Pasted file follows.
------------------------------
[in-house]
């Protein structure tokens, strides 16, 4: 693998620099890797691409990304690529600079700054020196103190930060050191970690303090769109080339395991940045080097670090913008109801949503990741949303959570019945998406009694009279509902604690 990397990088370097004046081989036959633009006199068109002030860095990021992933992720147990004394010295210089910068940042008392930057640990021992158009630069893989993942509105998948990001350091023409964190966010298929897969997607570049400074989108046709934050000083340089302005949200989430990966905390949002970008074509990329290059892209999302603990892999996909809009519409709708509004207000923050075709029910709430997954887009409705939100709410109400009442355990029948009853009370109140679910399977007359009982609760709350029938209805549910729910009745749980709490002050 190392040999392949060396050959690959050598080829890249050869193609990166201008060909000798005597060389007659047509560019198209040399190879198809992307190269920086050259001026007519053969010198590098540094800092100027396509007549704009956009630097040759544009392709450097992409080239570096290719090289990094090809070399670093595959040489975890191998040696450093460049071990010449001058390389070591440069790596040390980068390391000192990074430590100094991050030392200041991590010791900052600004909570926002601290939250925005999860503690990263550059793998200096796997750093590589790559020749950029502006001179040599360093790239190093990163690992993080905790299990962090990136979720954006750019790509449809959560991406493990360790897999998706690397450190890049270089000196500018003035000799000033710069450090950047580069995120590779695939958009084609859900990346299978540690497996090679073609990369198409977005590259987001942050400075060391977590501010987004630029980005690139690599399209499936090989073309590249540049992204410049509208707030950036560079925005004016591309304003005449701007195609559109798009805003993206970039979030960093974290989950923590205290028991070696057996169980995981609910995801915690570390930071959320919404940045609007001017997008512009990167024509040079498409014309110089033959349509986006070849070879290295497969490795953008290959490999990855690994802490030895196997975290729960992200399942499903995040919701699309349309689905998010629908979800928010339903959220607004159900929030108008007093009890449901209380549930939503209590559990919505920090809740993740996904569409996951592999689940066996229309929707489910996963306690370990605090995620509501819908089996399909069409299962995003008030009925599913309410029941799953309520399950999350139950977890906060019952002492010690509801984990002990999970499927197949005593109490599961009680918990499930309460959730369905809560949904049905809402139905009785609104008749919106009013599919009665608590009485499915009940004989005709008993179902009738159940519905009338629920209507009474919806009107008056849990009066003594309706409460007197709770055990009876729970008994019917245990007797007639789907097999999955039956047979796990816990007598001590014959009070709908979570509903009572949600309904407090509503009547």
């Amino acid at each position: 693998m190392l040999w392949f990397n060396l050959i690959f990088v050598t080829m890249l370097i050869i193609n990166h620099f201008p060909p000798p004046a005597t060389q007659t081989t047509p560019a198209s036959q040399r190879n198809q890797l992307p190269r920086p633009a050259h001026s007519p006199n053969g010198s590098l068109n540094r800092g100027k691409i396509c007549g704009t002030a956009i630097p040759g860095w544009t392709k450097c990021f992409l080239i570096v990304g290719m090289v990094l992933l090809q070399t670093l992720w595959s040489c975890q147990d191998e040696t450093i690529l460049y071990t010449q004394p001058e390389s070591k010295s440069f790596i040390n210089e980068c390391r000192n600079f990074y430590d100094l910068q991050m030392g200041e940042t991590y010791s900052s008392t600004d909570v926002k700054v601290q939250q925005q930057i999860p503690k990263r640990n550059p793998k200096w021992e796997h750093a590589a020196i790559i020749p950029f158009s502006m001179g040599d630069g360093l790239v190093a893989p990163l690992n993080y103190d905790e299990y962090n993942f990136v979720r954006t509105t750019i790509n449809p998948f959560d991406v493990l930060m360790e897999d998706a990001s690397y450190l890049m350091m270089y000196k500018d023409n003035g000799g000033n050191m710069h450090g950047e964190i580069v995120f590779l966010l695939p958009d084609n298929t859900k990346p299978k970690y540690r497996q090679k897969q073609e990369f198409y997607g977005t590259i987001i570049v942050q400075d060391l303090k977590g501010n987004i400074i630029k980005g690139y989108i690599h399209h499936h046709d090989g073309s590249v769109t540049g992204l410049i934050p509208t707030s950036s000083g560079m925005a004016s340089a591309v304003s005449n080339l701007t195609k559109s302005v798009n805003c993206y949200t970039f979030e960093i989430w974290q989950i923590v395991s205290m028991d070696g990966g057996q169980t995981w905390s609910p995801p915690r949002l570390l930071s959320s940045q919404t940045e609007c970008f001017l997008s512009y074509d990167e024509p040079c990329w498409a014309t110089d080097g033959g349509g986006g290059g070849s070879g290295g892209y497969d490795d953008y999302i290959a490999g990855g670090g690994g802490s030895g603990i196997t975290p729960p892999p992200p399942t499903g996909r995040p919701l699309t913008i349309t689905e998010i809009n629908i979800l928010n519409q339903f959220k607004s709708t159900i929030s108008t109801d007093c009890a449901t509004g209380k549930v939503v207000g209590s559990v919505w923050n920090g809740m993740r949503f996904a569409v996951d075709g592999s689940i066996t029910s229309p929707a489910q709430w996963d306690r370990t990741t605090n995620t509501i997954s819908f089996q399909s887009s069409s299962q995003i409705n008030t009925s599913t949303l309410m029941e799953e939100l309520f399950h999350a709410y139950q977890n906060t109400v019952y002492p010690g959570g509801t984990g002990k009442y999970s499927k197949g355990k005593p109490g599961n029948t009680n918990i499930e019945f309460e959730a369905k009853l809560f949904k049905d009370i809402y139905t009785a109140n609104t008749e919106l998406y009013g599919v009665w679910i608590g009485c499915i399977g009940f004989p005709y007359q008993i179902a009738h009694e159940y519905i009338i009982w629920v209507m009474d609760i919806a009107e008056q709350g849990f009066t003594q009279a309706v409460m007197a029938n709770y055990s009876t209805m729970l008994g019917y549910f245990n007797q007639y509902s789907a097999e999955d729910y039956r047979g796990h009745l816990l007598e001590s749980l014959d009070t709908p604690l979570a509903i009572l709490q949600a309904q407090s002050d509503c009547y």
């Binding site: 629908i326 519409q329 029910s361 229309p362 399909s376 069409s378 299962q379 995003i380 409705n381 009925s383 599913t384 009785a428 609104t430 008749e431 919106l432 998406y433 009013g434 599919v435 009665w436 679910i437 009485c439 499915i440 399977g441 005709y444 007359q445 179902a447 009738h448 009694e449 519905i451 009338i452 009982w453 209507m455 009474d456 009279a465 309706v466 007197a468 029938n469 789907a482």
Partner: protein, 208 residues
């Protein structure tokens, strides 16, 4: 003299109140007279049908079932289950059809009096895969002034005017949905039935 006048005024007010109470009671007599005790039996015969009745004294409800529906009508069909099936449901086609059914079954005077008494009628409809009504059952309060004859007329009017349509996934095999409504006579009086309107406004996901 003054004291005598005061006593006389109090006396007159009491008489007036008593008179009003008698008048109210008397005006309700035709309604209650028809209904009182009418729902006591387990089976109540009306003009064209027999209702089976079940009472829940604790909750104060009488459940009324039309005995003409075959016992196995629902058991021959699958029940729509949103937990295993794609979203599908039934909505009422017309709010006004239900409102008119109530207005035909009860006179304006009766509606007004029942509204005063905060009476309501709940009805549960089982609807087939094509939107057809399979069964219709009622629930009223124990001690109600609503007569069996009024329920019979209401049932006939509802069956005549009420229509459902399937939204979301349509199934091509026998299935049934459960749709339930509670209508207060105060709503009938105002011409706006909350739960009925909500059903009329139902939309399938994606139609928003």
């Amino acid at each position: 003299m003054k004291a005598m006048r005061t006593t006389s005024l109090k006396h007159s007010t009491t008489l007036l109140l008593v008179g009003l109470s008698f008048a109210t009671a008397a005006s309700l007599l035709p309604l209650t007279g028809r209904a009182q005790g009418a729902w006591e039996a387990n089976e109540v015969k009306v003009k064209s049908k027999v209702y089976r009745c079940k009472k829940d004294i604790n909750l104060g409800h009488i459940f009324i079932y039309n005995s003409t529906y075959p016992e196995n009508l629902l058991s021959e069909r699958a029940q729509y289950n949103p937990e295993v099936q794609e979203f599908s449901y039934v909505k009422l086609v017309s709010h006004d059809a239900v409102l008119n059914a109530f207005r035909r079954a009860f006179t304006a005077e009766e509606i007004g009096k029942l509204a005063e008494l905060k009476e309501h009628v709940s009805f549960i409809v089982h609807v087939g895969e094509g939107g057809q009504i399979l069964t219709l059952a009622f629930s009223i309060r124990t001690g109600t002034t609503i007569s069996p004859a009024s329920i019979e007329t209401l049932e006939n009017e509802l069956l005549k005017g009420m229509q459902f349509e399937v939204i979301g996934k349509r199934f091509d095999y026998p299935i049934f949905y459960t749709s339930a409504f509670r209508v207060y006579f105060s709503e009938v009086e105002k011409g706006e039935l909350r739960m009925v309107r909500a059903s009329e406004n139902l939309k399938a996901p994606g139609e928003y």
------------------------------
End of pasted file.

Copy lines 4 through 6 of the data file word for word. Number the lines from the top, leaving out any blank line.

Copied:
């Binding site: 629908i326 519409q329 029910s361 229309p362 399909s376 069409s378 299962q379 995003i380 409705n381 009925s383 599913t384 009785a428 609104t430 008749e431 919106l432 998406y433 009013g434 599919v435 009665w436 679910i437 009485c439 499915i440 399977g441 005709y444 007359q445 179902a447 009738h448 009694e449 519905i451 009338i452 009982w453 209507m455 009474d456 009279a465 309706v466 007197a468 029938n469 789907a482």
Partner: protein, 208 residues
């Protein structure tokens, strides 16, 4: 003299109140007279049908079932289950059809009096895969002034005017949905039935 006048005024007010109470009671007599005790039996015969009745004294409800529906009508069909099936449901086609059914079954005077008494009628409809009504059952309060004859007329009017349509996934095999409504006579009086309107406004996901 003054004291005598005061006593006389109090006396007159009491008489007036008593008179009003008698008048109210008397005006309700035709309604209650028809209904009182009418729902006591387990089976109540009306003009064209027999209702089976079940009472829940604790909750104060009488459940009324039309005995003409075959016992196995629902058991021959699958029940729509949103937990295993794609979203599908039934909505009422017309709010006004239900409102008119109530207005035909009860006179304006009766509606007004029942509204005063905060009476309501709940009805549960089982609807087939094509939107057809399979069964219709009622629930009223124990001690109600609503007569069996009024329920019979209401049932006939509802069956005549009420229509459902399937939204979301349509199934091509026998299935049934459960749709339930509670209508207060105060709503009938105002011409706006909350739960009925909500059903009329139902939309399938994606139609928003």